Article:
Apolipoprotein E (ApoE) is the major genetic risk factor for Alzheimer’s disease (AD). The ApoE4 allele is associated with earlier disease onset and greater cerebral deposition of the amyloid beta peptide (Aβ), the major constituent of senile (amyloid) plaques. The molecular mechanism underlying these effects of ApoE4 remains unclear; ApoE alleles could have different influences on Aβ production, extracellular aggregation, or clearance. Because the missense mutations on chromosomes 14 and 21 that cause familial forms of AD appear to lead to increased secretion of Aβ, it is important to determine whether ApoE4 has a similar effect. Here, we have examined the effects of all three ApoE alleles on the processing of βAPP and the secretion of Aβ in intact cells. We established neural (HS683 human glioma) and non-neural (Chinese hamster ovary) cell culture systems that constitutively secrete both ApoE and Aβ at concentrations like those in human cerebrospmal fluid. βAPP metabolites, generated in the presence of each ApoE allele, were analysed and quantified by two methods: immunoprecipitation and phosphorimaging, and ELISA. We detected no consistent allele-specific effects of ApoE on βAPP processing in either cell type. Our data suggest that the higher amyloid burden found in AD subjects expressing ApoE4 is not due to increased amyloidogemc processing of βAPP, in contrast to findings in AD linked to chromosome 14 or 21. These co-expressing cell lines will be useful in the further search for the effects of ApoE on Aβ aggregation or clearance under physiologically relevant conditions.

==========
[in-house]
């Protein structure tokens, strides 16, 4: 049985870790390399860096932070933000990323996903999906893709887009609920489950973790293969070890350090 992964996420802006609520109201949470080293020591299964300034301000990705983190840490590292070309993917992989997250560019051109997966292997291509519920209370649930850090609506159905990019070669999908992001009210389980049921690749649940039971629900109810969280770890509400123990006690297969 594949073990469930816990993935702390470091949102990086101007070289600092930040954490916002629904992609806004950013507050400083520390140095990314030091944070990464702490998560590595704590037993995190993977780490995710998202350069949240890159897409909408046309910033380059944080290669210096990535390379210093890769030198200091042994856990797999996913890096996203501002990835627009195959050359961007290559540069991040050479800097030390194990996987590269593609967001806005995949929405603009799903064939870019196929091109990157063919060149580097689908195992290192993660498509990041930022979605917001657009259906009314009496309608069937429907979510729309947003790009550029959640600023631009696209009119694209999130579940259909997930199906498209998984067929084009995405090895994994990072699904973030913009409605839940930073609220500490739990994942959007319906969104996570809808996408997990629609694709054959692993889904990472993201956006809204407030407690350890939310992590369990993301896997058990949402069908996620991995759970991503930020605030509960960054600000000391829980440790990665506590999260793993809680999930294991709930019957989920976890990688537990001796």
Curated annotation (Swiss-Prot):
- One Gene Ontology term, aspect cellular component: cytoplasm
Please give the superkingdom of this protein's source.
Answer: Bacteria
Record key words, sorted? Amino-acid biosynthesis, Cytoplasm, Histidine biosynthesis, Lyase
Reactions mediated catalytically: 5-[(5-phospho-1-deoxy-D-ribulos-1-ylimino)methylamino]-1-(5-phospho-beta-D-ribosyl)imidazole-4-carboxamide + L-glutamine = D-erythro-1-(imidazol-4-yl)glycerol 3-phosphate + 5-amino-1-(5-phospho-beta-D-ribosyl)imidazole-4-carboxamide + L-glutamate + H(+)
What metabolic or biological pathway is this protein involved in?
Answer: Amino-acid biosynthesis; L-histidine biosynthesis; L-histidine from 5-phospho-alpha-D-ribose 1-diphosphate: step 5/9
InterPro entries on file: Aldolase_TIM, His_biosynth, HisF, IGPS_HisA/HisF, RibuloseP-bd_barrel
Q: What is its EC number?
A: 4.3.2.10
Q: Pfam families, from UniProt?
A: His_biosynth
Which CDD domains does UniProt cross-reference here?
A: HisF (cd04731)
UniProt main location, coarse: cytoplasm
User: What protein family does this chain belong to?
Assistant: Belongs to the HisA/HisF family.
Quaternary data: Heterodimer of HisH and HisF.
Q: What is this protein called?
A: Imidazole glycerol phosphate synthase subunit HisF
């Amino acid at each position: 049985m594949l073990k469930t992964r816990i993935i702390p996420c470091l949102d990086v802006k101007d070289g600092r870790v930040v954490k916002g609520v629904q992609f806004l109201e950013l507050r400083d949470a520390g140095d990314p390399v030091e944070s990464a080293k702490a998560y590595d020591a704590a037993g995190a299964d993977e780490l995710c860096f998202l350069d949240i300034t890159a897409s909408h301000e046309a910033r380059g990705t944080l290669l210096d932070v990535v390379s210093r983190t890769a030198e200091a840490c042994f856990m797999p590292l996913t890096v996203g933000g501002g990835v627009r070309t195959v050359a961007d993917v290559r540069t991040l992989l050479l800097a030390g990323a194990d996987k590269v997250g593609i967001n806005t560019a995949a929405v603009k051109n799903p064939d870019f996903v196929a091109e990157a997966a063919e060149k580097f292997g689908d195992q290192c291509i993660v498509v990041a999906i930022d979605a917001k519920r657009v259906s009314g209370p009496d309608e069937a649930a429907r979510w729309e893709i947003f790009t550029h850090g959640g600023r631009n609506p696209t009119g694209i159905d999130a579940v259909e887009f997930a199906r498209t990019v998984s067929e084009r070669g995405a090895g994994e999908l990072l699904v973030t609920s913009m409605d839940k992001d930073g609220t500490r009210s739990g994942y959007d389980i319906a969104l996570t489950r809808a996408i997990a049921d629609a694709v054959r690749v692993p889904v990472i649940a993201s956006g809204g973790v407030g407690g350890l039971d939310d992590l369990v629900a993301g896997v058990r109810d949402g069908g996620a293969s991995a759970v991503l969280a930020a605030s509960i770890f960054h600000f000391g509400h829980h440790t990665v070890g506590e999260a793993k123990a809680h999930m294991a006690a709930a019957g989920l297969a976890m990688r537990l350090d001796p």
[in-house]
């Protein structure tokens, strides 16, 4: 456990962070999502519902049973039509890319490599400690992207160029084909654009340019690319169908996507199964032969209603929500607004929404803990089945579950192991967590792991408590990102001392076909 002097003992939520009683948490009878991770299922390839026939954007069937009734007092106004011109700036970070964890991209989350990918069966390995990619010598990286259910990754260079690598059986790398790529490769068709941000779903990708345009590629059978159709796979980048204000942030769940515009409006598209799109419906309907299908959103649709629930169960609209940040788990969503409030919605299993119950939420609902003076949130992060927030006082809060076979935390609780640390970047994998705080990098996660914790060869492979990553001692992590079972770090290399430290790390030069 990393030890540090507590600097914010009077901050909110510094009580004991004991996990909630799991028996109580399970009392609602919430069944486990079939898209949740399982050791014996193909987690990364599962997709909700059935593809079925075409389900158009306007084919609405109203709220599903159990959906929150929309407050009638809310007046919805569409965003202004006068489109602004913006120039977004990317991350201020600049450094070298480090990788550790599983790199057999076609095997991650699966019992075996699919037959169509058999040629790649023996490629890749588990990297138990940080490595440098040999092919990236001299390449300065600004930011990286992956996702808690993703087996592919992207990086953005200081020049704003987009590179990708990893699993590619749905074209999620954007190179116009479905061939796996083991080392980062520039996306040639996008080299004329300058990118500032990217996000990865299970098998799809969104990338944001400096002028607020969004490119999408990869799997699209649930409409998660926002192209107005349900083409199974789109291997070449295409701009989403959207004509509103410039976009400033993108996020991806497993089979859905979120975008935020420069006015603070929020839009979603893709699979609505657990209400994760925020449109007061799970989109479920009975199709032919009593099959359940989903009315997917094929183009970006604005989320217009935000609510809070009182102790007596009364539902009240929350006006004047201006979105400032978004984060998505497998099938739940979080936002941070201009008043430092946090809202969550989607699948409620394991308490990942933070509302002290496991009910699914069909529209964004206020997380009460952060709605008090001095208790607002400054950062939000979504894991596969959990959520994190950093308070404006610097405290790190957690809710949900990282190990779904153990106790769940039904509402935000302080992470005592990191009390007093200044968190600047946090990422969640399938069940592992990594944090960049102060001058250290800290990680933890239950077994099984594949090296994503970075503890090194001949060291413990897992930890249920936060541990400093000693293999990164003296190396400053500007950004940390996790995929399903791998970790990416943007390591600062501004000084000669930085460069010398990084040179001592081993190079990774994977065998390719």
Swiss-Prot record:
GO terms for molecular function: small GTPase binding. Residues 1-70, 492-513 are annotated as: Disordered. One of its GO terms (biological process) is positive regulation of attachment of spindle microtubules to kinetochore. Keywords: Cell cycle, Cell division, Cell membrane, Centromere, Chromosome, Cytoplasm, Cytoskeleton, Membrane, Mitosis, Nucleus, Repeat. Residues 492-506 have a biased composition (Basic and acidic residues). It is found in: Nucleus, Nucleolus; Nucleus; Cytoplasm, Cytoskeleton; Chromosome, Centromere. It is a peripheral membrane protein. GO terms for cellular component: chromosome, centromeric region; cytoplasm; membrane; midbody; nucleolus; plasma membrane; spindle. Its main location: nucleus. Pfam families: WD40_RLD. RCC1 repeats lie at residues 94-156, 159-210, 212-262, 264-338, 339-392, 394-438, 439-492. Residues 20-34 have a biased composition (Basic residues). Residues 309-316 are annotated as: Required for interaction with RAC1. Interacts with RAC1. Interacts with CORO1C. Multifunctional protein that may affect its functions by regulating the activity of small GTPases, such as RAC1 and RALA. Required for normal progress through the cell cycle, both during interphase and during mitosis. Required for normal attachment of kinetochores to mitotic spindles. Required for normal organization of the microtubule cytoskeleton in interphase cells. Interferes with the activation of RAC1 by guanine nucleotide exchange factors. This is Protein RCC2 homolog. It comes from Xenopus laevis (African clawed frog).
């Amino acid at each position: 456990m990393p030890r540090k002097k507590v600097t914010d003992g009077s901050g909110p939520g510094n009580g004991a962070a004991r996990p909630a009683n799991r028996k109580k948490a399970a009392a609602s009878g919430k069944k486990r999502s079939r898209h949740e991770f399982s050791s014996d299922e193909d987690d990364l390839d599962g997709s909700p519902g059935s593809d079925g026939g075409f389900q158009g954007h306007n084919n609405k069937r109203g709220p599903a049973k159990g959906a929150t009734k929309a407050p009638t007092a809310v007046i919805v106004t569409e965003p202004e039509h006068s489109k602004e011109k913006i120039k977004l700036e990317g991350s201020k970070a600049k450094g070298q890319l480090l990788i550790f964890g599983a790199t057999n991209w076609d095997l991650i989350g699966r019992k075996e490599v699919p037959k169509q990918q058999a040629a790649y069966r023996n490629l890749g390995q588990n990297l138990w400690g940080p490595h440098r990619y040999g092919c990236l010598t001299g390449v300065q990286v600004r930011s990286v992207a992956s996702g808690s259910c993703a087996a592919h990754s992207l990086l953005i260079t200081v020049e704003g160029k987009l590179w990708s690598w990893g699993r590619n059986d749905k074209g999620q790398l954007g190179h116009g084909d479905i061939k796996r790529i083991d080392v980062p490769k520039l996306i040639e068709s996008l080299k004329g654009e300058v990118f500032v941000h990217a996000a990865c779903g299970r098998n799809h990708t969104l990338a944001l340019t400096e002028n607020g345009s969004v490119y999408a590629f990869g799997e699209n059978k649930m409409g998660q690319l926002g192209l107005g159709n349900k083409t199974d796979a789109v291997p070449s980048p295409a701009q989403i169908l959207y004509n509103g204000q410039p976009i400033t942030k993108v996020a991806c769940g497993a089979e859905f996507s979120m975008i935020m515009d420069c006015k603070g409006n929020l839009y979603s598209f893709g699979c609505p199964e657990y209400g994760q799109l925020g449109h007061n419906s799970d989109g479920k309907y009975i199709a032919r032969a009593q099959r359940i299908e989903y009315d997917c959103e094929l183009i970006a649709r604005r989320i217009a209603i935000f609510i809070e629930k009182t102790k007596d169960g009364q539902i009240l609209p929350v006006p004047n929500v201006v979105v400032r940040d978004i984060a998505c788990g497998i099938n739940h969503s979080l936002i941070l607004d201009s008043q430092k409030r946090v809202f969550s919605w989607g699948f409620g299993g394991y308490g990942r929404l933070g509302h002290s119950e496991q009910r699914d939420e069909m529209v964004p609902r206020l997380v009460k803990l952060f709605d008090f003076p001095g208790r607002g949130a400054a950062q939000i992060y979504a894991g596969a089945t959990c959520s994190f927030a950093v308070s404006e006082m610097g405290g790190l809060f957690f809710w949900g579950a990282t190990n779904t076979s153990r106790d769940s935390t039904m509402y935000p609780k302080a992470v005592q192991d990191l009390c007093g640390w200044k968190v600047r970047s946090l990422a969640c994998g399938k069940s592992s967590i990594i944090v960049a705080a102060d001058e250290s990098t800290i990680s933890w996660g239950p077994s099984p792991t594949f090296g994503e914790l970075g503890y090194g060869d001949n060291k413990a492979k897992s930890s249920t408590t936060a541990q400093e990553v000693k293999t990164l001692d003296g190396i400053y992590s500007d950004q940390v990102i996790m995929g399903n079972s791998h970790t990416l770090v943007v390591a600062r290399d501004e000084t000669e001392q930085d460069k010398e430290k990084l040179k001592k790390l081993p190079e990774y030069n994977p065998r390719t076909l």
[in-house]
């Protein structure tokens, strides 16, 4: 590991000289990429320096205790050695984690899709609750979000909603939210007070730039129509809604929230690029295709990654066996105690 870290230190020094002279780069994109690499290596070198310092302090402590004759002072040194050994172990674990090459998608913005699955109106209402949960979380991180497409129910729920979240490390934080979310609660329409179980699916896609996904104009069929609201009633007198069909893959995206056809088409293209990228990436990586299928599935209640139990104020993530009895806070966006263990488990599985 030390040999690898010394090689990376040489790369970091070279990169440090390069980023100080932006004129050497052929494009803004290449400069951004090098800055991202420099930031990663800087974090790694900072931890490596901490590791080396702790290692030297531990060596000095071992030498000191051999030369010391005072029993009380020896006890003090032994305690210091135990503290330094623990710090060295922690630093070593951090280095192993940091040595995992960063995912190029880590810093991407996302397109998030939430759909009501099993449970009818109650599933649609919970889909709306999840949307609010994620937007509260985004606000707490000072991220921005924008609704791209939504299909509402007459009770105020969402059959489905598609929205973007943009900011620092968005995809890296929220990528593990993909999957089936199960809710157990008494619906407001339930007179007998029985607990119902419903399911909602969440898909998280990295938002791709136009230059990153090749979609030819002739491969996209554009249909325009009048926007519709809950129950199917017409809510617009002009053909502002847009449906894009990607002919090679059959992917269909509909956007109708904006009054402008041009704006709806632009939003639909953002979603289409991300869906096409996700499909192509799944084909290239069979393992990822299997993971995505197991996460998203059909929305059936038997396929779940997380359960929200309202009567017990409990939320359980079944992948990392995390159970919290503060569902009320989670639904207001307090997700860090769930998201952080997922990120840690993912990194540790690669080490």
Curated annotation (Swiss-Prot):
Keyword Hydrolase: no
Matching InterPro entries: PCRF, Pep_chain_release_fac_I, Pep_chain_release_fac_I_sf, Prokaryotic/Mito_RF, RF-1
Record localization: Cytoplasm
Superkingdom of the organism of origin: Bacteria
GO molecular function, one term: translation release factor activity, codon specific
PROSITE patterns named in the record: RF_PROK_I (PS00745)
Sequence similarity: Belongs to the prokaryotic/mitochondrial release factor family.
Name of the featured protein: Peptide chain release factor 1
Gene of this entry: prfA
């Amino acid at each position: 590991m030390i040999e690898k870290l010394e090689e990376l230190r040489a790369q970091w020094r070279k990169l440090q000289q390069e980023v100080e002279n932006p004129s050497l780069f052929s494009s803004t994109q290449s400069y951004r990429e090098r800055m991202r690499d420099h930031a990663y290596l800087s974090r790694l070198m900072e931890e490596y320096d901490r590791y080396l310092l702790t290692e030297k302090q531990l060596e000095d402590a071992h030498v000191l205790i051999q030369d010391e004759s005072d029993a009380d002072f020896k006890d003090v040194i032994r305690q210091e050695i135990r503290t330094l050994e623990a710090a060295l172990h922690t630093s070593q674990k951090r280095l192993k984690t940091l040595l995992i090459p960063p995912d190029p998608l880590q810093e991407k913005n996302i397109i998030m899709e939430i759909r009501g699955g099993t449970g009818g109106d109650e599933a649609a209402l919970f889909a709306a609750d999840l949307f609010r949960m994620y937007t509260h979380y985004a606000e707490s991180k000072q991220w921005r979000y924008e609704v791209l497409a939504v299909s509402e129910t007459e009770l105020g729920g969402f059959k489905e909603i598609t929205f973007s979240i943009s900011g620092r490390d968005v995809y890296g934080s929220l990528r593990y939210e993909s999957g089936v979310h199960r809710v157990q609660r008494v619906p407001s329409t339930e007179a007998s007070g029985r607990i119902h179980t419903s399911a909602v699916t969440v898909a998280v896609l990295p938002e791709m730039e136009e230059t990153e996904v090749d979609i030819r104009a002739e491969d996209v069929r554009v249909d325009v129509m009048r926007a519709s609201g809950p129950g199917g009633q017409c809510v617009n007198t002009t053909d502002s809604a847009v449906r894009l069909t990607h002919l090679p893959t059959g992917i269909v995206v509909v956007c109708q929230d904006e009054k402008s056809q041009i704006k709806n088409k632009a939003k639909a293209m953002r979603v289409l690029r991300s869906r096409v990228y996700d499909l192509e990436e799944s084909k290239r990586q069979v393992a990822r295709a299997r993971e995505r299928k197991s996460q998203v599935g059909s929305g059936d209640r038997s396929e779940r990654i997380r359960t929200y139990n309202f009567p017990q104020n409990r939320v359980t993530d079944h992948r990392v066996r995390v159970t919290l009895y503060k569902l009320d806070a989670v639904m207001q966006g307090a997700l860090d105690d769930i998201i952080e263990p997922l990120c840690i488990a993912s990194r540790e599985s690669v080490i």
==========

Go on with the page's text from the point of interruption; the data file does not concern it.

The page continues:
- Sodium pentosan polysulphate
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